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xkcd: Etymology-Man - 語源マン


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男: Earthquake!

女: We should get to higher ground-. there could be tidal wave.
 (高台に逃げなきゃ!「高潮(tidal wave)」が来るわ。)

男: You mean a tsunami. "Tidal wave" mean a wave caused by tides.

語源マン: You know. That doesn't add up.

男女: Etymology-man!

言語マン: What does "tidal wave" mean? there are waves caused by tides, but they're "tidal bores", and they're not cataclysmic.
 (「高潮」はどういう意味か?潮により発生する波のことだ。でも、それらは「潮津波(Tidal bores)」で、地殻変動的ではない。)

It can refer to the daily tide cycle. but that's obviously not what people mean when they say "a tidal wave hit."

It's been obvious for centuries that these waves come from quakes. so why "tidal"?

Remember that until 2004, there weren't any clear photos or videos of tsunamis.

Some modern writers even described them rearing up and breaking like surfing waves

Of course, in 2004 and 2011, it was made clear to everyone that a tsunami is more like a rapid, turbulent inrushing tide-.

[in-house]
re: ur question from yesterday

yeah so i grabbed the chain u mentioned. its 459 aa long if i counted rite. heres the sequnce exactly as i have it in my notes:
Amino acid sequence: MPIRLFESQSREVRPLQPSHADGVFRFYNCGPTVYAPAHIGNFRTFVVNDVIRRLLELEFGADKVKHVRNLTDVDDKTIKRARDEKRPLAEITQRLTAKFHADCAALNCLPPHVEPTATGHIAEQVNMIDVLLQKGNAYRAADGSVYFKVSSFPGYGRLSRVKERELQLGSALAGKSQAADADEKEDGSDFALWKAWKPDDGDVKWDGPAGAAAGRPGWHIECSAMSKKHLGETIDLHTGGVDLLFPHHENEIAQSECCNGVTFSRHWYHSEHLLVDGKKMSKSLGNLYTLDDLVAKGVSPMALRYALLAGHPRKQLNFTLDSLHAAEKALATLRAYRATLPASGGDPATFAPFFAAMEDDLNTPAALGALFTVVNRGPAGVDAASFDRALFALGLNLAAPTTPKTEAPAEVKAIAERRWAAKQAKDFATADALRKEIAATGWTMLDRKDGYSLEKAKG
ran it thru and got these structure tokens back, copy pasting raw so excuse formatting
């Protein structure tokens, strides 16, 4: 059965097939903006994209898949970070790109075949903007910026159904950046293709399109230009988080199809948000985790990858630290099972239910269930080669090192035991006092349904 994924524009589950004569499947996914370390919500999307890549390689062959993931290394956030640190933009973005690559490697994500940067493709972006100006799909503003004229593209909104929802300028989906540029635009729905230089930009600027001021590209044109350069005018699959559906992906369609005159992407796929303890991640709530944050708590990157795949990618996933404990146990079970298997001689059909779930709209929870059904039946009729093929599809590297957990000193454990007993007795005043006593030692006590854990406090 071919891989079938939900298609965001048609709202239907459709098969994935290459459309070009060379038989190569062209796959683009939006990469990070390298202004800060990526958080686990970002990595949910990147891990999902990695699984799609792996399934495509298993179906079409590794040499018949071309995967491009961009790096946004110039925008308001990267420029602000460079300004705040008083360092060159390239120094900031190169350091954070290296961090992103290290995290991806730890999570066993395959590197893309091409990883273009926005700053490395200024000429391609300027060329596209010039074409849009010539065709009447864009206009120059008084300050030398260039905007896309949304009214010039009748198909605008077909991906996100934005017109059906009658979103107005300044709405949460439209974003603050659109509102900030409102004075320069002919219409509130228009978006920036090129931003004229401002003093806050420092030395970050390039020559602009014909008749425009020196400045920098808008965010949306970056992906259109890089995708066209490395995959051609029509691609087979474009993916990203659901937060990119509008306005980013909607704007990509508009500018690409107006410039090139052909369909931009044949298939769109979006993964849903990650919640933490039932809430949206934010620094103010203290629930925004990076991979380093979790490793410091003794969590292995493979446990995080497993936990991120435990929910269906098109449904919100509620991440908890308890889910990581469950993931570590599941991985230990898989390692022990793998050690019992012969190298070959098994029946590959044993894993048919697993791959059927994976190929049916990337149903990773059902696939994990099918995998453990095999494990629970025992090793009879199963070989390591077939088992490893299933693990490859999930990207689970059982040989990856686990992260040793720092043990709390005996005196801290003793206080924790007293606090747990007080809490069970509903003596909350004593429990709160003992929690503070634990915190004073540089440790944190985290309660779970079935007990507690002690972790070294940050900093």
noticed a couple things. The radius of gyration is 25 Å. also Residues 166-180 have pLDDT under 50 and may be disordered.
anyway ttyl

Exactly what historical accounts describe.

Maybe those writing about Lisbon in 1755 used "tidal wave" not out of scientific confusion, but because it described the wave's form -. A description lost in our rush to expunge "tidal wave" from English.

"Tsunami" is now the standard, and I'm not trying to change that. but let's be a tad less giddy about correcting "tidal wave"-.

Especially when "tsunami" just means "harbor wave", which is hardly...

Alt-text: 'I can't believe I'm saying this, but I wish Aquaman were here instead--HE'D be able to help.'


 ピンチの時に空から現れ、「Tidal wave」の語源をひたすら語る「語源マン」。いい加減、早く逃げないと津波が...。





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